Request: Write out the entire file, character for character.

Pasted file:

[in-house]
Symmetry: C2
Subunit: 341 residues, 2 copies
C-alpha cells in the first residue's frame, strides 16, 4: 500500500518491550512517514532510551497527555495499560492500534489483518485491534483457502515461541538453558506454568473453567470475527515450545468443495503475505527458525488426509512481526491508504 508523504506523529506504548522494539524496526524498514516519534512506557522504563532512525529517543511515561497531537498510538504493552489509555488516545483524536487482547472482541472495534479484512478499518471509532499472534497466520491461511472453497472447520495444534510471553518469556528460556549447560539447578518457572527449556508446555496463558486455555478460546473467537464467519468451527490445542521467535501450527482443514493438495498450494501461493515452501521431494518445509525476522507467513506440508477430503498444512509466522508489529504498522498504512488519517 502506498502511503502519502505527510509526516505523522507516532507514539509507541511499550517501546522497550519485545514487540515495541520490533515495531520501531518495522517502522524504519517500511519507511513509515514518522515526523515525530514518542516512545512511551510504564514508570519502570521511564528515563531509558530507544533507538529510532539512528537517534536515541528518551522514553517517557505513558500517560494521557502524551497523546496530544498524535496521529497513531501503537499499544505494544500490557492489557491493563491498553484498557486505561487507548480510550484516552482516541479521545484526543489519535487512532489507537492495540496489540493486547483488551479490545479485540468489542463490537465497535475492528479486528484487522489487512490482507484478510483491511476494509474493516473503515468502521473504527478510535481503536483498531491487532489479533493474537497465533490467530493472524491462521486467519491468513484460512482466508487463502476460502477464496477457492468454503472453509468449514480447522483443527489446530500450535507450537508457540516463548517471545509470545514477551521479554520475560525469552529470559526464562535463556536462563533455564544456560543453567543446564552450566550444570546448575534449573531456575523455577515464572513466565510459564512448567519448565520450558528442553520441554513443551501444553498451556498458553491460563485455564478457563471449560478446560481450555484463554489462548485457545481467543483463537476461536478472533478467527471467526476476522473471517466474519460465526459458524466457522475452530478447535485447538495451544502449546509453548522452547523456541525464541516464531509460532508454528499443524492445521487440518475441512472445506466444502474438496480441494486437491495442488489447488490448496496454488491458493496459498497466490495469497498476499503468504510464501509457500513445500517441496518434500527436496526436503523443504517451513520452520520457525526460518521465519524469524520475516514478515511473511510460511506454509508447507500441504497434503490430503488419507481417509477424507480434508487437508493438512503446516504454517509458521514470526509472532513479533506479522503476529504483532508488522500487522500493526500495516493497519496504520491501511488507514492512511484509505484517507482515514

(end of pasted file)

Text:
[in-house]
Symmetry: C2
Subunit: 341 residues, 2 copies
C-alpha cells in the first residue's frame, strides 16, 4: 500500500518491550512517514532510551497527555495499560492500534489483518485491534483457502515461541538453558506454568473453567470475527515450545468443495503475505527458525488426509512481526491508504 508523504506523529506504548522494539524496526524498514516519534512506557522504563532512525529517543511515561497531537498510538504493552489509555488516545483524536487482547472482541472495534479484512478499518471509532499472534497466520491461511472453497472447520495444534510471553518469556528460556549447560539447578518457572527449556508446555496463558486455555478460546473467537464467519468451527490445542521467535501450527482443514493438495498450494501461493515452501521431494518445509525476522507467513506440508477430503498444512509466522508489529504498522498504512488519517 502506498502511503502519502505527510509526516505523522507516532507514539509507541511499550517501546522497550519485545514487540515495541520490533515495531520501531518495522517502522524504519517500511519507511513509515514518522515526523515525530514518542516512545512511551510504564514508570519502570521511564528515563531509558530507544533507538529510532539512528537517534536515541528518551522514553517517557505513558500517560494521557502524551497523546496530544498524535496521529497513531501503537499499544505494544500490557492489557491493563491498553484498557486505561487507548480510550484516552482516541479521545484526543489519535487512532489507537492495540496489540493486547483488551479490545479485540468489542463490537465497535475492528479486528484487522489487512490482507484478510483491511476494509474493516473503515468502521473504527478510535481503536483498531491487532489479533493474537497465533490467530493472524491462521486467519491468513484460512482466508487463502476460502477464496477457492468454503472453509468449514480447522483443527489446530500450535507450537508457540516463548517471545509470545514477551521479554520475560525469552529470559526464562535463556536462563533455564544456560543453567543446564552450566550444570546448575534449573531456575523455577515464572513466565510459564512448567519448565520450558528442553520441554513443551501444553498451556498458553491460563485455564478457563471449560478446560481450555484463554489462548485457545481467543483463537476461536478472533478467527471467526476476522473471517466474519460465526459458524466457522475452530478447535485447538495451544502449546509453548522452547523456541525464541516464531509460532508454528499443524492445521487440518475441512472445506466444502474438496480441494486437491495442488489447488490448496496454488491458493496459498497466490495469497498476499503468504510464501509457500513445500517441496518434500527436496526436503523443504517451513520452520520457525526460518521465519524469524520475516514478515511473511510460511506454509508447507500441504497434503490430503488419507481417509477424507480434508487437508493438512503446516504454517509458521514470526509472532513479533506479522503476529504483532508488522500487522500493526500495516493497519496504520491501511488507514492512511484509505484517507482515514